Nova Scotia

The 1 thing each main party leader says they would change

During this election all three main party leaders have talked about wanting to make Nova Scotia a better, greener and more prosperous province. But what's the one thing they would do, given the chance, and how different will the province be four years from now?

Also, how Rankin, Houston and Burrill say N.S. will be different in 4 years if their party wins the election

From left to right: Nova Scotia Liberal Party Leader Iain Rankin, Nova Scotia NDP Leader Gary Burrill and PC Party of Nova Scotia Leader Tim Houston. (CBC)

When Liberal Leader Iain Rankin officially kicked off this election campaign on July 17, he was unequivocal. 

"This election will be about how we best position the province for a strong economic recovery," he told reporters gathered outside Government House.

PC Leader Tim Houston took a similar single-issue stance.

"There's one question to be answered in this election — who can actually fix health care?" he said at his party's kick-off rally later that day.

NDP Leader Gary Burrill took a different tack, suggesting the election would revolve around people, their issues and concerns.

"Real people's real lives and what is needed in real people's real lives are going to be placed at the real front and centre of every decision that's made for the next four years in Nova Scotia, and that's what's going to happen if the NDP is elected," he told supporters.

CBC spoke to all three main party leaders to try to better understand what they want to achieve if they're chosen to lead Nova Scotia, and how the province might change under their leadership.

We asked each the same two questions. Here are their responses and some of the policies they're espousing to get them there.

You have the power to change one thing in Nova Scotia, what is it?

Rankin: "It's to deal with the climate crisis and transition off of coal."

The Liberals are promising to end Nova Scotia Power's use of coal by 2030. While in government, the Liberals have announced a number of projects aimed at greening Nova Scotia. Those include providing money to buy electric transit buses (with the help of Ottawa), and designating 14 percent of the province as protected areas.

Houston: "First thing I'm going to do is sit down with doctors. That's my focus. So sit down with doctors and make sure that we get that pension plan implemented, but make sure that we know what health-care professionals need to do their job."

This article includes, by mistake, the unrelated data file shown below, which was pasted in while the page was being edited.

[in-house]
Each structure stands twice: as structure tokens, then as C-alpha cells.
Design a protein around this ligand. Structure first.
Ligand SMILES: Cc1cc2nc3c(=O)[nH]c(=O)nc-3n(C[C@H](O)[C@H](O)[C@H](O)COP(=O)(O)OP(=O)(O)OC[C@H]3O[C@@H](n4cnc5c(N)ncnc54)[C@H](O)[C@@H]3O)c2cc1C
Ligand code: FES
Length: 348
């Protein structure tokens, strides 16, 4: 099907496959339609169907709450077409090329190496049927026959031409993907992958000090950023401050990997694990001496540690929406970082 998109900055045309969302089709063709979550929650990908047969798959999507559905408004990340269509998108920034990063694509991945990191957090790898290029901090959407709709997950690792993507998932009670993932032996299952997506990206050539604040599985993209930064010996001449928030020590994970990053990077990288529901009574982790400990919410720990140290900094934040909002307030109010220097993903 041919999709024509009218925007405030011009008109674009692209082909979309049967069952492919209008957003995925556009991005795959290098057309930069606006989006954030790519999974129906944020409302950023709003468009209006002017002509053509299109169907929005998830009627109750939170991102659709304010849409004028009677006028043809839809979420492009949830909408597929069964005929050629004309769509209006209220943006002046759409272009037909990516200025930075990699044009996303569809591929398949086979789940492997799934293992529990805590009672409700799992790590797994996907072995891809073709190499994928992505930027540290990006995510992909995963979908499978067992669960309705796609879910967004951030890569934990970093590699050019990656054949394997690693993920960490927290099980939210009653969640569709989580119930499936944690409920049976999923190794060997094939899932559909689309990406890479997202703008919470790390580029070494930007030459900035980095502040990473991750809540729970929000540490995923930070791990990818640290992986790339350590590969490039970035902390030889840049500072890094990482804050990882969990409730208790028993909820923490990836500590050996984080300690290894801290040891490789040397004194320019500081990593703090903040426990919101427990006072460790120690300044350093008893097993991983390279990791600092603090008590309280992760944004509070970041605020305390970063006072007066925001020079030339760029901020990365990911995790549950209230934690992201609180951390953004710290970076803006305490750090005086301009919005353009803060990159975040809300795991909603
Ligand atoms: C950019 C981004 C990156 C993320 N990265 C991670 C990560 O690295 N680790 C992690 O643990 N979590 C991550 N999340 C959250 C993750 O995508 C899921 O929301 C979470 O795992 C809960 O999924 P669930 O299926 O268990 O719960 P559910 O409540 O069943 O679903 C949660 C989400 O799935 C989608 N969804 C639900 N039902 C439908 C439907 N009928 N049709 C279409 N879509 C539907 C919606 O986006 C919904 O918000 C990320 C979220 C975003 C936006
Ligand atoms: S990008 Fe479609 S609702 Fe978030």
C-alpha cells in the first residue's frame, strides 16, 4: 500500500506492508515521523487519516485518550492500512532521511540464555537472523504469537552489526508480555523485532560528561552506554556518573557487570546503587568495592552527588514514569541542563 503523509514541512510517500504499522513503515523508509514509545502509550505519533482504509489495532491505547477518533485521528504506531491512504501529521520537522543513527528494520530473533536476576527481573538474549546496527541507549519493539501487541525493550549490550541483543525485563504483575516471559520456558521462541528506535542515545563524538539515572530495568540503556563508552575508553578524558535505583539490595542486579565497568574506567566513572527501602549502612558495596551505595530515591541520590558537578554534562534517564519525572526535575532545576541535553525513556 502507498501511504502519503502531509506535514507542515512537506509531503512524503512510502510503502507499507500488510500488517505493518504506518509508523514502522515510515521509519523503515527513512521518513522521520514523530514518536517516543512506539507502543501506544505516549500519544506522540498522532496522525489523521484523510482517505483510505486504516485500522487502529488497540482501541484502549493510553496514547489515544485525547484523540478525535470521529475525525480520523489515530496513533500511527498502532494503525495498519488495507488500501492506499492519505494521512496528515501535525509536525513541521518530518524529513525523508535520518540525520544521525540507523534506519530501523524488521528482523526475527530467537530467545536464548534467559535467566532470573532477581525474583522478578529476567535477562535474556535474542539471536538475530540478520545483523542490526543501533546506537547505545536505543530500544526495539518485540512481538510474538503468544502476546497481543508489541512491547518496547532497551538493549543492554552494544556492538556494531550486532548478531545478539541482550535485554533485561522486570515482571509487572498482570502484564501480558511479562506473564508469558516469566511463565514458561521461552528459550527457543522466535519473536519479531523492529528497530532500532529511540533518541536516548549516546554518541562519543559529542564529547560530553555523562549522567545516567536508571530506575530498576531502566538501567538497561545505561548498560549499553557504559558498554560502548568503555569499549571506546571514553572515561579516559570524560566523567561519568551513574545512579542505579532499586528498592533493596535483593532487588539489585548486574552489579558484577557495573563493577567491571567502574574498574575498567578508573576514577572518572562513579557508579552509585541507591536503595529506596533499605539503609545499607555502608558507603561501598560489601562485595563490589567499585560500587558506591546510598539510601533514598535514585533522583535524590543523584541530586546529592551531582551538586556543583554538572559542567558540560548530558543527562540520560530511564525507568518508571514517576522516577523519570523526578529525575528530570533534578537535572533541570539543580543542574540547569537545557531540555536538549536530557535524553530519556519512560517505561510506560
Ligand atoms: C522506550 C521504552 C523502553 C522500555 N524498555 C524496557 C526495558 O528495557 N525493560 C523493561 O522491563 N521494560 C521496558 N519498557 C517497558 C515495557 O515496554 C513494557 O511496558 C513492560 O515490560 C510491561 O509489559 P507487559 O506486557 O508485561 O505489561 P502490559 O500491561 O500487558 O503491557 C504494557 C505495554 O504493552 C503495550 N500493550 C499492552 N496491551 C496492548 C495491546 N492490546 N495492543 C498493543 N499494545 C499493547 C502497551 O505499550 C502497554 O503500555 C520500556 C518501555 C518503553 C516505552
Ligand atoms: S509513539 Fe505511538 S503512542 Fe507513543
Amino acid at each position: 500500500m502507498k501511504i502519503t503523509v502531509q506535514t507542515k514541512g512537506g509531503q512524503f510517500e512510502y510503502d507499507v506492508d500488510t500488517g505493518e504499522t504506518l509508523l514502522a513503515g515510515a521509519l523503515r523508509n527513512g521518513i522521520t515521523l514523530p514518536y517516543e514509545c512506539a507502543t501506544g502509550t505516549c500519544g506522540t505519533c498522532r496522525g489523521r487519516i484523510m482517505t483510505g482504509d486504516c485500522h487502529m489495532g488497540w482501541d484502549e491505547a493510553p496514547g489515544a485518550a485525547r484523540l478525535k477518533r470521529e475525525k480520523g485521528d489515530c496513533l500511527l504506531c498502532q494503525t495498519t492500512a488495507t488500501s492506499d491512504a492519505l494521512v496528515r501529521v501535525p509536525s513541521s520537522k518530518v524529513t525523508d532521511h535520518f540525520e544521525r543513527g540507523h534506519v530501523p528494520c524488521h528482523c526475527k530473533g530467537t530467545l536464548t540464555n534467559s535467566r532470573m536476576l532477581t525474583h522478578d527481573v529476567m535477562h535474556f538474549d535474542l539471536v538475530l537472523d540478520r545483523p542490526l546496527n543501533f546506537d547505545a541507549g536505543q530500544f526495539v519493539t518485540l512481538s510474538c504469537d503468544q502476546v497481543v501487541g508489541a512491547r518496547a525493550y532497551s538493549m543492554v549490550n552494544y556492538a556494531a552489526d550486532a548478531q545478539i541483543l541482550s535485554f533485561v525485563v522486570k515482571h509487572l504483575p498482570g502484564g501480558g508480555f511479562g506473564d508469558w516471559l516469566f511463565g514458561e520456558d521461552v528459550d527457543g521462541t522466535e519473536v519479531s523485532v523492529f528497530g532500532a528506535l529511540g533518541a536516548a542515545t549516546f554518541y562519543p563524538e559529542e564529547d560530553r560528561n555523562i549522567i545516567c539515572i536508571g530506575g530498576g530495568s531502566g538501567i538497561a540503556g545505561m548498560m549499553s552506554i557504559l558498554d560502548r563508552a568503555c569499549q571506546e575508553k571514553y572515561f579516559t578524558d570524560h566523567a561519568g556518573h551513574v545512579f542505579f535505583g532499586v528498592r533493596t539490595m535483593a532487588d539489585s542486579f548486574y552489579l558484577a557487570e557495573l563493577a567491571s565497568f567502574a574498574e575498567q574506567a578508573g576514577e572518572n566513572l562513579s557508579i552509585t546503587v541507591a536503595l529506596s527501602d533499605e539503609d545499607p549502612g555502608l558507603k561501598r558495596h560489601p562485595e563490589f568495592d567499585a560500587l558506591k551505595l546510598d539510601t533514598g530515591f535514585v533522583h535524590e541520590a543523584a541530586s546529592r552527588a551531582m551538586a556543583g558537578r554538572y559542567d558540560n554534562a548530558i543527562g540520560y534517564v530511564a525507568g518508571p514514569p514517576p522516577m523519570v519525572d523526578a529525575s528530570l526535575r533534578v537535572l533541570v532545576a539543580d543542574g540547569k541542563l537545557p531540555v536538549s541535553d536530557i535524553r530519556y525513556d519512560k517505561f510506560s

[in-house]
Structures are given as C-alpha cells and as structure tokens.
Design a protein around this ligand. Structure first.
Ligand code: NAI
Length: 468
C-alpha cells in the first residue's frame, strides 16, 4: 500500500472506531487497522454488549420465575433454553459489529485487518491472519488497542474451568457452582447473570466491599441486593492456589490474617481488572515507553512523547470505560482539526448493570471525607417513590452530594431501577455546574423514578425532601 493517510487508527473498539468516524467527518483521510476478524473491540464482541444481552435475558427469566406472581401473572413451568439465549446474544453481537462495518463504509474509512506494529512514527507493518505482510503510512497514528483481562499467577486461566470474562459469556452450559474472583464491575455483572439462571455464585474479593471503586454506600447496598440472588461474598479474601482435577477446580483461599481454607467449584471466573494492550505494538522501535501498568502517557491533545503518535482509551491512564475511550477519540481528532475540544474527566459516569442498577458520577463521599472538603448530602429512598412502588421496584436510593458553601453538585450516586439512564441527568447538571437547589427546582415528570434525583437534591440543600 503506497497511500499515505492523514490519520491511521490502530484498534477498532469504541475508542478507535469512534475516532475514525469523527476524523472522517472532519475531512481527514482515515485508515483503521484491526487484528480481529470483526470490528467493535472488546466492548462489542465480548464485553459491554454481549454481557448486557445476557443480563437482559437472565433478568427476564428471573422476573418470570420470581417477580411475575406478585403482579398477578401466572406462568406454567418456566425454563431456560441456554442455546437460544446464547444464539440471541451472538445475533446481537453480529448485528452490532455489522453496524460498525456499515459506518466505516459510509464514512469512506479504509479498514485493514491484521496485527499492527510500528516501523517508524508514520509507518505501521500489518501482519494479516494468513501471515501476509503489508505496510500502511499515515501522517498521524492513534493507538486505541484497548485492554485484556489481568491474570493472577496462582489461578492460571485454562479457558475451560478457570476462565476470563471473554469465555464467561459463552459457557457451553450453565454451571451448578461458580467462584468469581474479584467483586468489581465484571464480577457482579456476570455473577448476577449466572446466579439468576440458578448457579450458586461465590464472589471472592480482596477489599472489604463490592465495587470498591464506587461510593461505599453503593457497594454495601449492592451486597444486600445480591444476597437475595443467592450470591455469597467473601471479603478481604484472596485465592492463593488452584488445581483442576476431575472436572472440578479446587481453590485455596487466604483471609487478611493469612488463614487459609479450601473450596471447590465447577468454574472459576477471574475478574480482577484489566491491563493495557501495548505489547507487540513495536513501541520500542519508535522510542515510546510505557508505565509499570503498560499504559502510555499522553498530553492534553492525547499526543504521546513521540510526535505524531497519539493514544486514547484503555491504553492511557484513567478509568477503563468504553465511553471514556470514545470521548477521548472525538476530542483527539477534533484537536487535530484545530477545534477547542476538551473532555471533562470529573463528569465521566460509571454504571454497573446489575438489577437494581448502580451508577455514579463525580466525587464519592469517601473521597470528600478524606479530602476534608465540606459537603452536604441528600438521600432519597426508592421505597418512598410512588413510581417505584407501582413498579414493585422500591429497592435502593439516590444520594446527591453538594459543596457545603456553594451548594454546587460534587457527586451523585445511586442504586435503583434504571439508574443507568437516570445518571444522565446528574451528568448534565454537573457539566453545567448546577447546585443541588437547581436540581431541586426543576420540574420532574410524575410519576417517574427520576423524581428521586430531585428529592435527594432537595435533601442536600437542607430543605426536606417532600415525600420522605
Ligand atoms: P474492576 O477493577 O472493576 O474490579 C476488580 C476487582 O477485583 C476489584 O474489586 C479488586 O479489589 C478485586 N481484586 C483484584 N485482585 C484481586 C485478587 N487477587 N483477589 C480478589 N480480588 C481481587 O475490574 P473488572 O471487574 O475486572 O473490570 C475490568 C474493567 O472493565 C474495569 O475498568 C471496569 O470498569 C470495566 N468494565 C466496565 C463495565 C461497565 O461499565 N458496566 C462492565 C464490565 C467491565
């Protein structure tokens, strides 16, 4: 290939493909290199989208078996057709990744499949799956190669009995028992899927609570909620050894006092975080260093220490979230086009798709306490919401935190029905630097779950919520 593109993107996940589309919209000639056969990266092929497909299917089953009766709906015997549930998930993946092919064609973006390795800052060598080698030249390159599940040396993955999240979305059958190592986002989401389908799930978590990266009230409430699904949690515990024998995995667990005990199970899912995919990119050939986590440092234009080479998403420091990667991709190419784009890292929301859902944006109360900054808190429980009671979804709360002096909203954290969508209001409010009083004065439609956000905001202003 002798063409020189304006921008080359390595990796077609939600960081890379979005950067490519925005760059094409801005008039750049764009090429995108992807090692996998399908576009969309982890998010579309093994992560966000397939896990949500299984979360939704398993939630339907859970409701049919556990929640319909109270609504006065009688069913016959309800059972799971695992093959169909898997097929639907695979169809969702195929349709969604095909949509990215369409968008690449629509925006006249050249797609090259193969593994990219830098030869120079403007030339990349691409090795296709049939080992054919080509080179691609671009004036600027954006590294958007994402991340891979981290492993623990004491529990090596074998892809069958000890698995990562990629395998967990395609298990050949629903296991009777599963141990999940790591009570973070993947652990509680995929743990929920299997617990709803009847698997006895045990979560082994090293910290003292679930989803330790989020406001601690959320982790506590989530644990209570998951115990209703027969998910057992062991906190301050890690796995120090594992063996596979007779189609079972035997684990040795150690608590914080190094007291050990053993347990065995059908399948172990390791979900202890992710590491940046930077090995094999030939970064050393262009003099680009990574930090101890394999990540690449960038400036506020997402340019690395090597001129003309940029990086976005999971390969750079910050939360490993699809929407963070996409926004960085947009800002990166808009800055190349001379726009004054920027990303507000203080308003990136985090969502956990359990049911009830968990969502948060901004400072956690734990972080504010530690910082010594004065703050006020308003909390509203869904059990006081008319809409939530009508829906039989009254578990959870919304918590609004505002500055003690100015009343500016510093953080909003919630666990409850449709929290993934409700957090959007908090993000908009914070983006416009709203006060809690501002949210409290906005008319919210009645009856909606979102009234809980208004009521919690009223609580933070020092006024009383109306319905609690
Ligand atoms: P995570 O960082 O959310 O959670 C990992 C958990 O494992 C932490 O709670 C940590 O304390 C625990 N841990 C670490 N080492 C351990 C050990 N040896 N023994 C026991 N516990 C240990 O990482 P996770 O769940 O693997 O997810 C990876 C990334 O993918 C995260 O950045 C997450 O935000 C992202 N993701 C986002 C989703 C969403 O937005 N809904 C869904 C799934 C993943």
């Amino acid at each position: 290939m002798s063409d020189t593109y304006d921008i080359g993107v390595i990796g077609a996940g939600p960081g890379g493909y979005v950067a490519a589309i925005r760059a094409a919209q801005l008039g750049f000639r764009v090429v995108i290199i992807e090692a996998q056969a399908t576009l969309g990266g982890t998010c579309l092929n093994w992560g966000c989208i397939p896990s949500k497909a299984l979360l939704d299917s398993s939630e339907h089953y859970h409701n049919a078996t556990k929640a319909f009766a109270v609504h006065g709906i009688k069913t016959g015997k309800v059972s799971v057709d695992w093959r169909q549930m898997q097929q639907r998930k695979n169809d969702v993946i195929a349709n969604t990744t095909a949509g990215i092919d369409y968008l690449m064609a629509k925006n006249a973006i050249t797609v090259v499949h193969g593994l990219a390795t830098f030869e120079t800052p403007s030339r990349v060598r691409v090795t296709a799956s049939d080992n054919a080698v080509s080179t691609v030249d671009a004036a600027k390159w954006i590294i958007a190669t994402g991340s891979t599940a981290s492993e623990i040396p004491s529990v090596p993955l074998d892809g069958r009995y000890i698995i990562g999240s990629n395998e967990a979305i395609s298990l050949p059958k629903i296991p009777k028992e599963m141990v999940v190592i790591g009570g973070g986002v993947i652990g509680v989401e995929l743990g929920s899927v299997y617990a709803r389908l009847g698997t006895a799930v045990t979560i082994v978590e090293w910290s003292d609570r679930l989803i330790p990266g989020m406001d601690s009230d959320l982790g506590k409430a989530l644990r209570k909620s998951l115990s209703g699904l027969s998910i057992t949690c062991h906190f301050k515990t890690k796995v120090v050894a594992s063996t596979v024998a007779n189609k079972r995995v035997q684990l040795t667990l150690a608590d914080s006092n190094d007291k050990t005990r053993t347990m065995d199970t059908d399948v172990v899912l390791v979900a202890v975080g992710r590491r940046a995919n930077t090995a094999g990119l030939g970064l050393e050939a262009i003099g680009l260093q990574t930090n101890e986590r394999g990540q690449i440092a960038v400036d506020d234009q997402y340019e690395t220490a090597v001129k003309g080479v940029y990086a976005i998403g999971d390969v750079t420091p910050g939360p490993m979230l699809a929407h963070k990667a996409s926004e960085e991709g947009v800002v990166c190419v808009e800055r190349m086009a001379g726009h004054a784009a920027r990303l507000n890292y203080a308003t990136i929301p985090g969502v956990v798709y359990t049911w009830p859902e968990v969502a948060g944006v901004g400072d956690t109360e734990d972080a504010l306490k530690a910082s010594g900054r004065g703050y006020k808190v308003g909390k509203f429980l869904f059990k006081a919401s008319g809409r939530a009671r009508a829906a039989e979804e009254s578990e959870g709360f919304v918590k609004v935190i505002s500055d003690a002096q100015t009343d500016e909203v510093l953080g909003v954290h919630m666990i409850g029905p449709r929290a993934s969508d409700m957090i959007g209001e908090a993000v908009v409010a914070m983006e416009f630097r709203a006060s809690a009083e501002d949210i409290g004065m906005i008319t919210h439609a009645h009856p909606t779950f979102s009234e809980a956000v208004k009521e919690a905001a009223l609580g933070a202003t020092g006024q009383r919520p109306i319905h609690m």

As part of its plan to attract and retain physicians, the PC Party of Nova Scotia is promising to create a pension plan for doctors, as well as create a bill code for private practitioners to bill the province for mental health support.

Burrill: "I would say that in the summer of 2021, there's a great hunger across our province being expressed in many ways, that if we could make one change in our province, we would obliterate racism in all its forms, its overt forms, its systemic forms and in many of its subtler forms as well."

The NDP has promised to end all street checks by police, provide funding for housing projects in Black communities and to explore the possibility of reparations for communities hurt as a result of racism.

If Nova Scotians (re)-elect your party as government, four years from now what's changed?

Rankin: "Universal child care. Everyone will have $10 a day child care by then and by next year, everyone's fees will be cut in half. That's a landmark deal for this province and I'm very proud of that commitment." 

Just before the election was called, Ottawa and the province announced an agreement that will see child-care costs halved in the province by the end of next year and become, on average, $10 a day by 2026. Under the deal, the federal government will commit $605 million over five years and the provincial government will add another $40 million, on top of what it currently spends on the sector.

Houston: "Access to health care, No. 1 thing."

The party has made health care the main plank in the 2021 platform, promising to spend about $430 million more starting the first year of the mandate. The plan includes building 2,500 new single long-term care beds, offering improved access to universal mental health services and attracting more doctors.

Burrill: "There will be a great deal different. There will be a system of permanent rent control so that the people of Nova Scotia will have the same protection against sudden, dramatic, unsubstantiated rent increases that are enjoyed today by a majority of Canadians. Every working person in Nova Scotia, no matter who they work for, in what setting, will have 10 paid sick days. The minimum wage will be $15 and it will be on the road toward a living wage.

"There will be a network of 14 mental health clinics across the province so the people experiencing mental health issues will be able to see you today or the next day.

"All parents of elementary school-aged and pre-primary aged children will have free before- and after-school care, and everybody who lives in a nursing home is going to be able to have confidence [that] when they reach and ring that buzzer, there's going to be enough staff on the floor of the facility where they are, but that buzzer is going to be promptly answer."

The party has promised all of the above.